Widening of Scope of the Rules

Under the old NIS Directive member states were responsible for determining which entities would meet the criteria to qualify as operators of essential services.  However, the new NIS 2.0 Directive introduces a size-cap rule as a general rule for identification of regulated entities. This means that all medium-sized and large entities operating within the sectors or providing services covered by the Directive will fall within its scope.

The NIS 2.0 Directive also extends the scope of the current NIS Directive to cover new sectors classified as "important entities" such as postal and courier services, waste management, manufacture and distribution of chemicals, food production and manufacturing and digital providers. The NIS 2.0 Directive eliminates the classification of OED and RDSP and instead provides for differing regimes for "essential entities" and "important entities".

The text of the NIS 2.0 Directive indicates that it will not apply to entities carrying out activities in areas such as defence or national security, public security, and law enforcement.  Judiciary, parliaments, and central banks are also excluded from the scope.

Cybersecurity Training and Risk Management

The NIS 2.0 Directive introduces an obligation on Member States to ensure that a company's management approve its cybersecurity risk management measures and follow specific cybersecurity training.  It also places new obligations on entities within its scope to implement supply chain security assessments and to take "appropriate and proportionate technical and organisational measures" to manage the risks posed to the security of the network and information systems which those entities use in the provision of their services.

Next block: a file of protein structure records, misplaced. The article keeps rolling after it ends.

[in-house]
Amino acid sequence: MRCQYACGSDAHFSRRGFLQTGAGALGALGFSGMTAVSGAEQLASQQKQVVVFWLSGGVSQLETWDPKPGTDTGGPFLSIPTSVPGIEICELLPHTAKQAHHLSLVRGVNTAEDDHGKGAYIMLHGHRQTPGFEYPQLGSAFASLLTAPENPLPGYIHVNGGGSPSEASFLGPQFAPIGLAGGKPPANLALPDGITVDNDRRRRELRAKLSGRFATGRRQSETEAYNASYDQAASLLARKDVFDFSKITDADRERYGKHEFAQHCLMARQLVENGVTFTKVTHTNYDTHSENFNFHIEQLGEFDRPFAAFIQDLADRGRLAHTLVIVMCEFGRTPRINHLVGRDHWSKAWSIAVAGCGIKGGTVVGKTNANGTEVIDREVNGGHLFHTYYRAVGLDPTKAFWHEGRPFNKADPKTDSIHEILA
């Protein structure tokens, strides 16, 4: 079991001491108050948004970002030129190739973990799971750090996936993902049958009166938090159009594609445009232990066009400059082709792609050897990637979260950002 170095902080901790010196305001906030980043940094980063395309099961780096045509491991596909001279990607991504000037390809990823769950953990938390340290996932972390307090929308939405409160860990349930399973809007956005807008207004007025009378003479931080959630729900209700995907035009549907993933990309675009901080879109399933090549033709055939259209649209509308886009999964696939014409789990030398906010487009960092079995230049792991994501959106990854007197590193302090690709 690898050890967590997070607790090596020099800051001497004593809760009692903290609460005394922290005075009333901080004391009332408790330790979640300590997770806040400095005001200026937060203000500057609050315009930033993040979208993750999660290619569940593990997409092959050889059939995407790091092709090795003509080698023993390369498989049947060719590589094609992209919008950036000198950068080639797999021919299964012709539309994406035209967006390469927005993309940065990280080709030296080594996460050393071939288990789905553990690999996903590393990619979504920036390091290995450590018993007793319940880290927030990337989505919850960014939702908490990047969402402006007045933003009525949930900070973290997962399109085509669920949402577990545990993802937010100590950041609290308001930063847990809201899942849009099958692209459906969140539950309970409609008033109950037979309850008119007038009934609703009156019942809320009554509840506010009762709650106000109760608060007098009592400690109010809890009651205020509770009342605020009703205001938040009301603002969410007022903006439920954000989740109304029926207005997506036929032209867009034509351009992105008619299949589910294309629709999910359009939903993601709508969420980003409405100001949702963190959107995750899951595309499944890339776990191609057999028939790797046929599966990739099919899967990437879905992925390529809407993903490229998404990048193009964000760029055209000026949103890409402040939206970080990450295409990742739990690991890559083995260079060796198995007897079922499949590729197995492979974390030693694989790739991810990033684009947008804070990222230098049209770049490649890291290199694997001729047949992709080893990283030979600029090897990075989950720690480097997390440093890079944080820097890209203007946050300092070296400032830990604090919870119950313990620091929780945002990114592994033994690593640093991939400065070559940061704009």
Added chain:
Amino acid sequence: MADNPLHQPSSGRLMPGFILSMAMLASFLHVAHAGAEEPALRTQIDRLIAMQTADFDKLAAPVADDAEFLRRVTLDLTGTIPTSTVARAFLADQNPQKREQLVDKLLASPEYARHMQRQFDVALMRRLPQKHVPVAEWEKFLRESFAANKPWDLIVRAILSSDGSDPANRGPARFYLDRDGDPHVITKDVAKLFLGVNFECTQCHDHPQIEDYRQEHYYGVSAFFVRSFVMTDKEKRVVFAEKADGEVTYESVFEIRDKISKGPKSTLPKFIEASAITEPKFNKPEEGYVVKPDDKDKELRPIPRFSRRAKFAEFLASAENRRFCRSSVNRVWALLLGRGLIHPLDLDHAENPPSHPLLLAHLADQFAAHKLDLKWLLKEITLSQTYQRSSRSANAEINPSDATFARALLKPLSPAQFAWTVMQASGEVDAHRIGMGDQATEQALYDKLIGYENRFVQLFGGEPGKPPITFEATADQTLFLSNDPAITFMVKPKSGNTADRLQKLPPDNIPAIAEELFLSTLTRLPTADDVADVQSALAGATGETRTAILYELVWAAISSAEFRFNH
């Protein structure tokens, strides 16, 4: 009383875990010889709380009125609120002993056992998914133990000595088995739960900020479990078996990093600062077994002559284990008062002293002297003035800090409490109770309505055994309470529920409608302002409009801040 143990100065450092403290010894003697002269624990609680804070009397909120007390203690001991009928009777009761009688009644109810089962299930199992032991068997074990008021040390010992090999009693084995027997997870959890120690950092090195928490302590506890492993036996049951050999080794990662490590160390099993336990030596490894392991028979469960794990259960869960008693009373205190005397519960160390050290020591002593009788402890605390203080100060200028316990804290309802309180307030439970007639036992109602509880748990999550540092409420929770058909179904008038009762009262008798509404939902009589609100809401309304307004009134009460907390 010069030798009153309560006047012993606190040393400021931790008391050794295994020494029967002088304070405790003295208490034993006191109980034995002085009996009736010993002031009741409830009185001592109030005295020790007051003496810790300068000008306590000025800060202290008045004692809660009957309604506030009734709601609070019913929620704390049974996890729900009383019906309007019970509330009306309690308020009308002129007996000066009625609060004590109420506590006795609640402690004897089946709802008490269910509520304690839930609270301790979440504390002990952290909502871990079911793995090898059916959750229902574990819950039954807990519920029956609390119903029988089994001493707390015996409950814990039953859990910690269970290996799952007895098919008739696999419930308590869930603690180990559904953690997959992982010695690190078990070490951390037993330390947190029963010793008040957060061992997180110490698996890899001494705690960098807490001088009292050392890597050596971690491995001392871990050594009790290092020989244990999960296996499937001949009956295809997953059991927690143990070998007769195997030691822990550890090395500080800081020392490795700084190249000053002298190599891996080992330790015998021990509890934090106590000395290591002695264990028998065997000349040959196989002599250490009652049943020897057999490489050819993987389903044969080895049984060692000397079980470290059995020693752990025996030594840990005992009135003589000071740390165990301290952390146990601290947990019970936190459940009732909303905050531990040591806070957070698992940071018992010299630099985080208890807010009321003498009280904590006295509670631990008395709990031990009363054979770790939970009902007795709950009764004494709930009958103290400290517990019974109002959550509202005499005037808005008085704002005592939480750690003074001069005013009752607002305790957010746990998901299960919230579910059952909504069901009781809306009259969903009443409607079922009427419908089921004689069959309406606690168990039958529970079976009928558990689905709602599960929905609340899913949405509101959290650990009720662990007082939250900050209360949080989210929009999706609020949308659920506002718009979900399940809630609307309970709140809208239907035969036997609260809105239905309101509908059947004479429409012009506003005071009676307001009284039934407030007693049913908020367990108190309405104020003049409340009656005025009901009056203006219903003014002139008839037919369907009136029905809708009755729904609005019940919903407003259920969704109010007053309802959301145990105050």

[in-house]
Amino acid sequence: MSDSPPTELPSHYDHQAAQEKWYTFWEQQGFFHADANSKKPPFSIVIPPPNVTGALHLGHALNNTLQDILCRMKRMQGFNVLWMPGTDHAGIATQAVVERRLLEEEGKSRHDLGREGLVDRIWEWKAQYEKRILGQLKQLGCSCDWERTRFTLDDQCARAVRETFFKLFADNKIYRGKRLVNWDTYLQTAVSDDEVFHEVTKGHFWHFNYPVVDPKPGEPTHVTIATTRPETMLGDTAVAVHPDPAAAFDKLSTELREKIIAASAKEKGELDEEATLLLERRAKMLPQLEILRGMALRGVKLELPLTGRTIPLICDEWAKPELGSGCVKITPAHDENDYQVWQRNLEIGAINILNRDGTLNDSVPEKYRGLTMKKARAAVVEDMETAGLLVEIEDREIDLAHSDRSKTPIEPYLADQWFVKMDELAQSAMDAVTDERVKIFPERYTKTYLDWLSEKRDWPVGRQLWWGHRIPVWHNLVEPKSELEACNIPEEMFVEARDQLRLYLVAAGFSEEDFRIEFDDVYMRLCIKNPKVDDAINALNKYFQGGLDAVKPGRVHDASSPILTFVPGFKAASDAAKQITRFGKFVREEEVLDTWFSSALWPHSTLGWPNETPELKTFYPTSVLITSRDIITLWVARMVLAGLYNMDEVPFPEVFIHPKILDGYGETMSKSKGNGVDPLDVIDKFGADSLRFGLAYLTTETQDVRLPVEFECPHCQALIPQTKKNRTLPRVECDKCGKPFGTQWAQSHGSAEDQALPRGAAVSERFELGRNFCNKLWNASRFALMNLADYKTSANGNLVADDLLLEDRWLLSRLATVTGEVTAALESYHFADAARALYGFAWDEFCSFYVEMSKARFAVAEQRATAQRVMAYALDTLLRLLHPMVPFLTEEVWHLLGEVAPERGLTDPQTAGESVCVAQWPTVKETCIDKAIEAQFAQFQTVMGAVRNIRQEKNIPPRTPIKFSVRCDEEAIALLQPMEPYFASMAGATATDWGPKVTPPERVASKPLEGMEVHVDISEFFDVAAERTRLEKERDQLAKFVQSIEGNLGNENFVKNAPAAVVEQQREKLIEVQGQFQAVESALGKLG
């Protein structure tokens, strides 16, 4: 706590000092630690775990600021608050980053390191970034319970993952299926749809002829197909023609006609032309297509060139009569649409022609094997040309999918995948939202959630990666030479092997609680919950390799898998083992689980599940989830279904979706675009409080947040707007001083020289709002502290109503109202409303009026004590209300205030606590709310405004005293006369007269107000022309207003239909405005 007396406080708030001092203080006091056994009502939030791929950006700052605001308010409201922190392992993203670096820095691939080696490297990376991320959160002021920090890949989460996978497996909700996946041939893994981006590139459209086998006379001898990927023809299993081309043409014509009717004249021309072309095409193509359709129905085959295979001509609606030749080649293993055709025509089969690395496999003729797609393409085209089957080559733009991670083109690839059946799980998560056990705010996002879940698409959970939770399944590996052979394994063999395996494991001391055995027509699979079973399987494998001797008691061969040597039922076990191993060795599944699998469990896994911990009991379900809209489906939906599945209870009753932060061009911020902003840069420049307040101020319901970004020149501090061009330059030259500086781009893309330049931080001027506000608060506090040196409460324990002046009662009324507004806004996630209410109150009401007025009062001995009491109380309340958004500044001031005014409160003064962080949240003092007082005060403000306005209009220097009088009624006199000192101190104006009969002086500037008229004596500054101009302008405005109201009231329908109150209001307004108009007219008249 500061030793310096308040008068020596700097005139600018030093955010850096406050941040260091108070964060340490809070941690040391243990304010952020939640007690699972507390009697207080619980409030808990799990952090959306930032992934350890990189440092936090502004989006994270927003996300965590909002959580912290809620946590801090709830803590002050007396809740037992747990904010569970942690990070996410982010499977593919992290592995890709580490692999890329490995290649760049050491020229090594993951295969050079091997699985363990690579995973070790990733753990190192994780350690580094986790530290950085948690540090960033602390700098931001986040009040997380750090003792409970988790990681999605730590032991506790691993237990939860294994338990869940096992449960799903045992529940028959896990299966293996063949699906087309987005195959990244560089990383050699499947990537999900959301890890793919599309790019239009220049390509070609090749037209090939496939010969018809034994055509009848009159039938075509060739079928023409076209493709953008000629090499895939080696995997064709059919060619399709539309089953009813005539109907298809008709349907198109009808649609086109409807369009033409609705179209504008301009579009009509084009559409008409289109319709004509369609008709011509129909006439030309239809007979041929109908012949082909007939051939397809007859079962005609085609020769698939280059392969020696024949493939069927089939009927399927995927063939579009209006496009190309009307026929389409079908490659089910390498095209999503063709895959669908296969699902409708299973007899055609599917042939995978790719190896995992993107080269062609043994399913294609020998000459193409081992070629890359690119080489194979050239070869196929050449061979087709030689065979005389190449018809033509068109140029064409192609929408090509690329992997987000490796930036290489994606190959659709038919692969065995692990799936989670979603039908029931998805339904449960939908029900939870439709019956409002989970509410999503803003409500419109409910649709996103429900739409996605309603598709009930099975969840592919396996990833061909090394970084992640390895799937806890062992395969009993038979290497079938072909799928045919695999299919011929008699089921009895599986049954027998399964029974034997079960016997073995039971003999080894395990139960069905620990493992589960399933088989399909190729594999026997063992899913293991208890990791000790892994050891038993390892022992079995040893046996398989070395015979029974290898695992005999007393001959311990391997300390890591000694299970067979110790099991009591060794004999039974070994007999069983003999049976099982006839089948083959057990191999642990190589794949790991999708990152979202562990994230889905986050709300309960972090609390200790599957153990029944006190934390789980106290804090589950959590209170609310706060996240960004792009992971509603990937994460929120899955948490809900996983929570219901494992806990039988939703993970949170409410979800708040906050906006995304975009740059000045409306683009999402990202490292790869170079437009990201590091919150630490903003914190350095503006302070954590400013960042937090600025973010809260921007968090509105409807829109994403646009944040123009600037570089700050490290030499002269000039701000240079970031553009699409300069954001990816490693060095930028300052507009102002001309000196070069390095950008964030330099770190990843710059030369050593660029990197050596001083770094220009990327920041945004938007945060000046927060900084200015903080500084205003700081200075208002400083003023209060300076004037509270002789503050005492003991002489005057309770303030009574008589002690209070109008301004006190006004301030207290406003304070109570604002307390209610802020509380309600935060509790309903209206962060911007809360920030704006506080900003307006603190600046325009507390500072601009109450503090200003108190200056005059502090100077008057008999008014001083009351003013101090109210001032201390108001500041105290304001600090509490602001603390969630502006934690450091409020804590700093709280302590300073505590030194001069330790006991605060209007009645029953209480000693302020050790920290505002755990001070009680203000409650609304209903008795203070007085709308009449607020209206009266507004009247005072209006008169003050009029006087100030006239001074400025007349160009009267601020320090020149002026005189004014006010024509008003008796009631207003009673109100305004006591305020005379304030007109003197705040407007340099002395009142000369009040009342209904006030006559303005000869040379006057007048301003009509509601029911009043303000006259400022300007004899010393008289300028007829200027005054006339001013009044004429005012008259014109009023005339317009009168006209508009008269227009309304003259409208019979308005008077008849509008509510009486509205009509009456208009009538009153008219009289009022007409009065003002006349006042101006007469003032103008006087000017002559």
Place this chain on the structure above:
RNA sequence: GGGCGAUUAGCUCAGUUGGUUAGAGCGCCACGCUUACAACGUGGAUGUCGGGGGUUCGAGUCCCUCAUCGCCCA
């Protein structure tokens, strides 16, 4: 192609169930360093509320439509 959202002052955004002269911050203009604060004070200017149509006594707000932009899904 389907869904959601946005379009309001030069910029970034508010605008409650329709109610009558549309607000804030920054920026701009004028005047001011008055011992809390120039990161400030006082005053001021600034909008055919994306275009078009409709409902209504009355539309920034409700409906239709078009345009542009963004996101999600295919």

Breach Reporting

In strengthening cybersecurity obligations on companies, the NIS 2.0 Directive introduces more precise provisions for the process and timelines for incident reporting to CSIRTs, along with enhanced supervisory measures for national authorities and stricter enforcement requirements.  In particular, the NIS 2.0 Directive imposes notification obligations in phases, including an initial notification within 24 hours of becoming aware of certain incidents or cyber threats (instead of simply “without undue delay” as in the NIS Directive), “intermediate” and “final” reporting obligations.


Member States have discretion under the NIS 2.0 Directive to lay down rules on penalties in their domestic implementing legislation. Such penalties must be "effective, proportionate and dissuasive". The Recitals to the Directive indicate that penalties may include criminal penalties for infringement of the legislation. Accordingly, it is important for organisations falling within the scope of the NIS 2.0 Directive to be aware of their potential liability (both criminal and civil) under implementing national laws.

The NIS 2.0 Directive requires Member States to impose GDPR-like administrative fines for non-compliance. Depending on whether an entity is considered an "essential" or "important" one (which depends on their size and sector), administrative fines for non-compliance can be respectively up to: (i) €10 million  or a maximum of at least 2% of the total worldwide annual turnover of the undertaking or (ii) €7 million or a maximum of at least 1.4 % of the total worldwide annual turnover of the undertaking.